Reichert, Bipartisan Group of Lawmakers Reintroduce The ACE Kids Act

Washington, D.C. – Today, Congressman Dave Reichert (R-WA) along with Reps. Joe Barton (R-TX) and Kathy Castor (D-FL), introduced the bipartisan H.R. 3325, the Advancing Care for Exceptional Kids Act of 2017 (ACE Kids Act). The ACE Kids Act will help improve the coordination of and access to high quality care to ensure optimal outcomes for children with complex medical conditions on Medicaid, while assisting to contain costs.

Most children with complex medical conditions receive care from multiple pediatric providers at multiple locations whom they access through Medicaid. The state-by-state variability of Medicaid programs and lack of a coordinated care plan creates a care system that is often fragmented and unnecessarily burdensome for these children and families who frequently cross state lines to access specialized care.

“Children with unique medical needs often need specialized medical treatment that requires care from multiple specialists across a state or throughout the country,” said Rep. Reichert. “Under the current Medicaid system, a child’s medical information is not always shared between doctors, hospitals, or across state lines, forcing families to become their own care coordinators. This makes difficult situations even more challenging for families who are often times just trying to keep their child alive and can put children at risk of receiving improper treatment due to the lack of communication between doctors. The ACE Kids Act will give comfort to families by creating a national network of hospitals for children with complex issues as well as save taxpayer dollars by implementing a more effective, efficient system.”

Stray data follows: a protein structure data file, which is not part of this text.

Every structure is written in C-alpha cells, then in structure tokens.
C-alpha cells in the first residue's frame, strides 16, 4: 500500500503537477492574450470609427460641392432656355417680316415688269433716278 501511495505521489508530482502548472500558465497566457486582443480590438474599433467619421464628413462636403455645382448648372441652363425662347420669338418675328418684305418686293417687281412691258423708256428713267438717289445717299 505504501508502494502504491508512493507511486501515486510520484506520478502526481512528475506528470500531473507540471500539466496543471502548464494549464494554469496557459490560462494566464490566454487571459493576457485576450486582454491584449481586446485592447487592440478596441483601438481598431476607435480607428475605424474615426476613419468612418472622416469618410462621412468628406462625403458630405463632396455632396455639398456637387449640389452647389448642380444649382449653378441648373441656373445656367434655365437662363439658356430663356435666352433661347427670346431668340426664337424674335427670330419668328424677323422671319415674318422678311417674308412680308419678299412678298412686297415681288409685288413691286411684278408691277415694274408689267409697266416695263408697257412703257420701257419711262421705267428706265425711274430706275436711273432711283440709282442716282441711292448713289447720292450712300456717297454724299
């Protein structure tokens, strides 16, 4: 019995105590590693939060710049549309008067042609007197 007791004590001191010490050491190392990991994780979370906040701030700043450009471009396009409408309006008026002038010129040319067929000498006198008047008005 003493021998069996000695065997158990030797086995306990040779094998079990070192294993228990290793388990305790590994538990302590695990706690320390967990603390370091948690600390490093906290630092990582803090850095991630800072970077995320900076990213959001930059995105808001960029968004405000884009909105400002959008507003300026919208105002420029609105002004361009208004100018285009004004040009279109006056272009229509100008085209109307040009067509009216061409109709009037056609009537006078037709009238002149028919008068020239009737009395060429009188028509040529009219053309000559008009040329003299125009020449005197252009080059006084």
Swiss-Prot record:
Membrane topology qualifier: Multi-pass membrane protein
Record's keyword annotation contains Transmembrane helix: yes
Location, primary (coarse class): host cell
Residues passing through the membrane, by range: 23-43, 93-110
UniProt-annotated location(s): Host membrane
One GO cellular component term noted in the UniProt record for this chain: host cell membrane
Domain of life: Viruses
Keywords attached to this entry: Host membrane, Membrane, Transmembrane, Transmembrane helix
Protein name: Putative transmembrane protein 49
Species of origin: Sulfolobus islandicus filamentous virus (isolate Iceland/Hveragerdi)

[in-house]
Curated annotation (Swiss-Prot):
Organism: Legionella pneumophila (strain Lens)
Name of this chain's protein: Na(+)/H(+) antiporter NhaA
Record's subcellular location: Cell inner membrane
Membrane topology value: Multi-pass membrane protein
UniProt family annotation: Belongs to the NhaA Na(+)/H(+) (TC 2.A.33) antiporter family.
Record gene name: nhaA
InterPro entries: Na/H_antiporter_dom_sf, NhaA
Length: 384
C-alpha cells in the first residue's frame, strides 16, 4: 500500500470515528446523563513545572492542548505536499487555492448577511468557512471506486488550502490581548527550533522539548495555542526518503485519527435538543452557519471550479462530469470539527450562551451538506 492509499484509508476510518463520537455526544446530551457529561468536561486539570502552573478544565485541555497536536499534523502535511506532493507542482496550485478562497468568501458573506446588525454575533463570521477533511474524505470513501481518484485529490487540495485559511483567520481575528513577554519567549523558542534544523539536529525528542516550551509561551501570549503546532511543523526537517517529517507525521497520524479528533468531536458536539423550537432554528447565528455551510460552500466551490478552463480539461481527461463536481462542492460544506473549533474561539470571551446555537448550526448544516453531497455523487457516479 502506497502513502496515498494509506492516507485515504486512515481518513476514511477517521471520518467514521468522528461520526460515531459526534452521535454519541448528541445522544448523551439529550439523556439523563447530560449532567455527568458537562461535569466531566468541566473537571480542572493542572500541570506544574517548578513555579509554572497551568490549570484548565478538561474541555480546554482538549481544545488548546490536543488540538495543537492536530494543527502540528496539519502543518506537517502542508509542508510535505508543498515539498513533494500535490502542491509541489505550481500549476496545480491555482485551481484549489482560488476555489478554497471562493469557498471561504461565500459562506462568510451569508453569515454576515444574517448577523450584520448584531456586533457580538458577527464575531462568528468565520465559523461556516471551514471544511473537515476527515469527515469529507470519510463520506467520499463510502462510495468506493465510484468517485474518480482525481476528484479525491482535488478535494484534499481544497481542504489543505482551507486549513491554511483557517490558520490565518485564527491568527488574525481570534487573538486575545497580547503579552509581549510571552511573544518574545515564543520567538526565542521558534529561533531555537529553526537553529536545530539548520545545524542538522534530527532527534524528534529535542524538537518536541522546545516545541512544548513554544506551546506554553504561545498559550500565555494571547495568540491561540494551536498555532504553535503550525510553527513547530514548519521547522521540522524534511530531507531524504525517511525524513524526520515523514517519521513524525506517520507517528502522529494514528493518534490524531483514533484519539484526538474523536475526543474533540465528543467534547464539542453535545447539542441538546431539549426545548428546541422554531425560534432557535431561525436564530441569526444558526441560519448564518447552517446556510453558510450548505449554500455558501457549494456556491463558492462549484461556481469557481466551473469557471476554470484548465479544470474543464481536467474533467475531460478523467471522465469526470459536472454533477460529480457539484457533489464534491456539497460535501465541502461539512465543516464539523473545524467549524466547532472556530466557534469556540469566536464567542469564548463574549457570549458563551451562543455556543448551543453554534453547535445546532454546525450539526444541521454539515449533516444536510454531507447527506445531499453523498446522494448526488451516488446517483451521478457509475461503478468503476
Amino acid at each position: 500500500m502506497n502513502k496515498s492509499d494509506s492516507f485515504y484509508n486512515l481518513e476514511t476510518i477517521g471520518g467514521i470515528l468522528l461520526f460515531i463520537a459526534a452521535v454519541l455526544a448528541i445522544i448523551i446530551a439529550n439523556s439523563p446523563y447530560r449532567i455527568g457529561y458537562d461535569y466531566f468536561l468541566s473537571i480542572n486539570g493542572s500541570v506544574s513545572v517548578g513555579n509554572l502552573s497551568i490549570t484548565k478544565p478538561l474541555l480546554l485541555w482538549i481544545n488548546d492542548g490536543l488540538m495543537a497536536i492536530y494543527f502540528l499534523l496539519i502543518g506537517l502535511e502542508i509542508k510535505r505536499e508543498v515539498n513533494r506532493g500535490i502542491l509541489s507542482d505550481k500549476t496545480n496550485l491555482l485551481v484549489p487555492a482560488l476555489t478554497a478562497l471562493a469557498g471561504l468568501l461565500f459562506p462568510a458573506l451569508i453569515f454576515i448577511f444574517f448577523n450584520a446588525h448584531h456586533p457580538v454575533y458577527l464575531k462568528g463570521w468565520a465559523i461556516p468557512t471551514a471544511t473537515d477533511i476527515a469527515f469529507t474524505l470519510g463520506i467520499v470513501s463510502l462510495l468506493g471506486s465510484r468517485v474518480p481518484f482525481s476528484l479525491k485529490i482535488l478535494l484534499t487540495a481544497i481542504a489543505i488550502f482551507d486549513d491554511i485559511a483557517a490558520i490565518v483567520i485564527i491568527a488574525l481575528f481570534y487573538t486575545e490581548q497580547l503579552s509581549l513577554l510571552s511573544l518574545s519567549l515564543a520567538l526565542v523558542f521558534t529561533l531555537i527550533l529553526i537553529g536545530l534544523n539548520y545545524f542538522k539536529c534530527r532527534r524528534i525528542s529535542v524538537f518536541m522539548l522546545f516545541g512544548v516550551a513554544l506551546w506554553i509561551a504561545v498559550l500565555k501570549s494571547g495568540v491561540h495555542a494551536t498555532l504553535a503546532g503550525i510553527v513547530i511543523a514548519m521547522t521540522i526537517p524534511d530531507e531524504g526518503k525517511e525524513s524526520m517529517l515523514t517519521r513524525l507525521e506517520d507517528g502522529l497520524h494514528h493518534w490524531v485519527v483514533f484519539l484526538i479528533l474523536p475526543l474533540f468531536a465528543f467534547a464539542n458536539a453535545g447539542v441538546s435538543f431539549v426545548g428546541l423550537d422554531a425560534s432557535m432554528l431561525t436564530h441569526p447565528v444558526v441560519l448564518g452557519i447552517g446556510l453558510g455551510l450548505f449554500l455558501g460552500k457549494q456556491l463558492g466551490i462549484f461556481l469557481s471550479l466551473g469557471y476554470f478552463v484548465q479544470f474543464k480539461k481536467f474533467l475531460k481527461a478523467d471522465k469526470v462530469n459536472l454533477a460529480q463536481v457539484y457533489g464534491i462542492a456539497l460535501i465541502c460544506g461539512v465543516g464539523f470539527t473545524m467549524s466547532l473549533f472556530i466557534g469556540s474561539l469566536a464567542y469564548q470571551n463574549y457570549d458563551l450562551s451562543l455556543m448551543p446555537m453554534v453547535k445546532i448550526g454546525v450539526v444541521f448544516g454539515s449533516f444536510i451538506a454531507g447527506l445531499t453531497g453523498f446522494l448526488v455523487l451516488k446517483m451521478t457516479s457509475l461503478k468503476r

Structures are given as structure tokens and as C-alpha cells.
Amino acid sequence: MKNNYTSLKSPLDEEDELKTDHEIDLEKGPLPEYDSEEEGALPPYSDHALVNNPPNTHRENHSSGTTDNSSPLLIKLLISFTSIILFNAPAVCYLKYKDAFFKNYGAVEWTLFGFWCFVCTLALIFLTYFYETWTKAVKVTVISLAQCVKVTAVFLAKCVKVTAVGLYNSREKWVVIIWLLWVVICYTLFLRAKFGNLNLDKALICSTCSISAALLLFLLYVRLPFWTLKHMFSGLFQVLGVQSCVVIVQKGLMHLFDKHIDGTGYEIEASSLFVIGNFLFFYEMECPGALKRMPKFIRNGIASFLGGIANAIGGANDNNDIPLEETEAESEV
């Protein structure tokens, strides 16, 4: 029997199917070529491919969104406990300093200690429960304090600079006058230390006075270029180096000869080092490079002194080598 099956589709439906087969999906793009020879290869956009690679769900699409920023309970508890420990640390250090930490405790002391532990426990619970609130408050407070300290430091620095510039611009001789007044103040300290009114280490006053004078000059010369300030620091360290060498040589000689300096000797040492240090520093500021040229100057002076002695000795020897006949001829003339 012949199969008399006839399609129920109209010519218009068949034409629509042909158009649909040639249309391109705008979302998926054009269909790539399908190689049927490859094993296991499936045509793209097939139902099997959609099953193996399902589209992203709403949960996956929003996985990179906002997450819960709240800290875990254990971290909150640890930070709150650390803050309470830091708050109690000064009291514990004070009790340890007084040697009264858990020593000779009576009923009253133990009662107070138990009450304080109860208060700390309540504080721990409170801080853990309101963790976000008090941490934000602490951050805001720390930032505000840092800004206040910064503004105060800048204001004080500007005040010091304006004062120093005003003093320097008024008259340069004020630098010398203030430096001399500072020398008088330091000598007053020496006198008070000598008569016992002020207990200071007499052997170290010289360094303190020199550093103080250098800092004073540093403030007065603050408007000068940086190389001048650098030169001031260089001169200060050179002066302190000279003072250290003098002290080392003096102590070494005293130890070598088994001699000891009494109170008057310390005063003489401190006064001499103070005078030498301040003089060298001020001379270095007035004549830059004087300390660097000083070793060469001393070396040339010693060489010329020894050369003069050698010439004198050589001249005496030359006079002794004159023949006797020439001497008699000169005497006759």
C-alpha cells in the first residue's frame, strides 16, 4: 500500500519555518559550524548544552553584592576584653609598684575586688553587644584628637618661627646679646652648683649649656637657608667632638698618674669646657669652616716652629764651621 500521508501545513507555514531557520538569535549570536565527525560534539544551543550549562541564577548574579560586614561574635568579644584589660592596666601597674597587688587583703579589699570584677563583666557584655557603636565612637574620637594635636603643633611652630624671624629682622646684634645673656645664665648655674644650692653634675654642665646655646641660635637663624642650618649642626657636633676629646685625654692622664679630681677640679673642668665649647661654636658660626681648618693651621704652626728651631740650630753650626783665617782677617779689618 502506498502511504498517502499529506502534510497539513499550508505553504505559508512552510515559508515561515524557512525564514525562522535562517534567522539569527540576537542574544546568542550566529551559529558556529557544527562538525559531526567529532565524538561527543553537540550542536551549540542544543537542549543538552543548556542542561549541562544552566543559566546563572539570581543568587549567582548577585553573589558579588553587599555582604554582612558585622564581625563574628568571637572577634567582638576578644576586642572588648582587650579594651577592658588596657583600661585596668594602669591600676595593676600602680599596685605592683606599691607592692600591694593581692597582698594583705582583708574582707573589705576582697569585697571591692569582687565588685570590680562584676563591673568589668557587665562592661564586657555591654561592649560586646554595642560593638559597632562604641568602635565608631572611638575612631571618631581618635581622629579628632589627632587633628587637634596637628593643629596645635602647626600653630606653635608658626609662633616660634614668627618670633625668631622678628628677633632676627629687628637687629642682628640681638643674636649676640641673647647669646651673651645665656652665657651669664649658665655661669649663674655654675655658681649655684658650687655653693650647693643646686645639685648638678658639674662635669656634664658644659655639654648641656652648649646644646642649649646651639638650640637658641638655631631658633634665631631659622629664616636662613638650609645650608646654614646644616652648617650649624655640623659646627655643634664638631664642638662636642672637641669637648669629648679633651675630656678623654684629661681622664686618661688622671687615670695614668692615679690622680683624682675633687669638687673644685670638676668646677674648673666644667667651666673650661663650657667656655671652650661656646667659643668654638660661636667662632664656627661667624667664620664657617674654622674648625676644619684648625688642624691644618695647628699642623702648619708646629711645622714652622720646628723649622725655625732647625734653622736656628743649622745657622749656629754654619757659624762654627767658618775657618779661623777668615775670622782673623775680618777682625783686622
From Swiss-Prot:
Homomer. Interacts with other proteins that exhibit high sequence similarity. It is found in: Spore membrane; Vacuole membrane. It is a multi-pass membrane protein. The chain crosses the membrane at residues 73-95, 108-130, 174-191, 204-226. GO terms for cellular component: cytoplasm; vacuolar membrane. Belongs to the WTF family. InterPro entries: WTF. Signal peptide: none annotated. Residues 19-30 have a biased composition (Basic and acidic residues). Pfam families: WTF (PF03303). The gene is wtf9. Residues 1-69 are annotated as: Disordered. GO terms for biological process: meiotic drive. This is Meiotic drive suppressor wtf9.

Background on the ACE Kids Act:

Medicaid covers roughly 30 million children; approximately 6 percent of these children have complex medical conditions yet account for 40 percent of Medicaid spending on children.

The ACE Kids Act of 2017 is designed to improve care for medically complex children in Medicaid, while also reducing spending. Published studies show cost savings and improved quality of care for this population when enrolled in an integrated and coordinated care program.

In the 114th Congress, the ACE Kids Act was supported by 43 cosponsors in the Senate and 228 cosponsors in the House. In the 115th Congress, S. 428 has 17 bipartisan cosponsors at present. 

The ACE Kids Act is optional for states, children and families, and health care providers.